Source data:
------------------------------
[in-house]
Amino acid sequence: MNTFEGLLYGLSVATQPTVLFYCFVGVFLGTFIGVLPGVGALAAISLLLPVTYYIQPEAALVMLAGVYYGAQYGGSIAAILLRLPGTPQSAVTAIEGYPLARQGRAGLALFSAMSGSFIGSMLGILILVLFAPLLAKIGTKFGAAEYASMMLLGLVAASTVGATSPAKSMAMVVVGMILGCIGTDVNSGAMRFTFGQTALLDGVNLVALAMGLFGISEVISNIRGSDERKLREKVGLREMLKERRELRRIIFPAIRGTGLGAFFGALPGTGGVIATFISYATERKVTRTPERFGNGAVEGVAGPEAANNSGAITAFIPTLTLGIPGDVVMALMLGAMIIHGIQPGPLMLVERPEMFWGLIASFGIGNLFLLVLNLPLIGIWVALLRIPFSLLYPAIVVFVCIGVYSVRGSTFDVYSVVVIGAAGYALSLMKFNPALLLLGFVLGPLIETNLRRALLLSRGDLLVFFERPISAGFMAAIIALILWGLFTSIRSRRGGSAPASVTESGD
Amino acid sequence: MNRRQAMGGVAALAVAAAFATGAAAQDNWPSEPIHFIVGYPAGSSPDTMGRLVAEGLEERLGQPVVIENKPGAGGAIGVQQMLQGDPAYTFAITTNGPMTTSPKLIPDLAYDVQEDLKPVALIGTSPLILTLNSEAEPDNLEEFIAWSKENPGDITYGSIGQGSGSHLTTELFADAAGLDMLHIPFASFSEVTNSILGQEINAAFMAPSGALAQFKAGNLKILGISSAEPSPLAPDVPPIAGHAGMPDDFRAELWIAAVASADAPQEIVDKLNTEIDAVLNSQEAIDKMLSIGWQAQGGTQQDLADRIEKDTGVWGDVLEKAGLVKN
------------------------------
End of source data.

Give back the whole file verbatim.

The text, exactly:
[in-house]
Amino acid sequence: MNTFEGLLYGLSVATQPTVLFYCFVGVFLGTFIGVLPGVGALAAISLLLPVTYYIQPEAALVMLAGVYYGAQYGGSIAAILLRLPGTPQSAVTAIEGYPLARQGRAGLALFSAMSGSFIGSMLGILILVLFAPLLAKIGTKFGAAEYASMMLLGLVAASTVGATSPAKSMAMVVVGMILGCIGTDVNSGAMRFTFGQTALLDGVNLVALAMGLFGISEVISNIRGSDERKLREKVGLREMLKERRELRRIIFPAIRGTGLGAFFGALPGTGGVIATFISYATERKVTRTPERFGNGAVEGVAGPEAANNSGAITAFIPTLTLGIPGDVVMALMLGAMIIHGIQPGPLMLVERPEMFWGLIASFGIGNLFLLVLNLPLIGIWVALLRIPFSLLYPAIVVFVCIGVYSVRGSTFDVYSVVVIGAAGYALSLMKFNPALLLLGFVLGPLIETNLRRALLLSRGDLLVFFERPISAGFMAAIIALILWGLFTSIRSRRGGSAPASVTESGD
Amino acid sequence: MNRRQAMGGVAALAVAAAFATGAAAQDNWPSEPIHFIVGYPAGSSPDTMGRLVAEGLEERLGQPVVIENKPGAGGAIGVQQMLQGDPAYTFAITTNGPMTTSPKLIPDLAYDVQEDLKPVALIGTSPLILTLNSEAEPDNLEEFIAWSKENPGDITYGSIGQGSGSHLTTELFADAAGLDMLHIPFASFSEVTNSILGQEINAAFMAPSGALAQFKAGNLKILGISSAEPSPLAPDVPPIAGHAGMPDDFRAELWIAAVASADAPQEIVDKLNTEIDAVLNSQEAIDKMLSIGWQAQGGTQQDLADRIEKDTGVWGDVLEKAGLVKN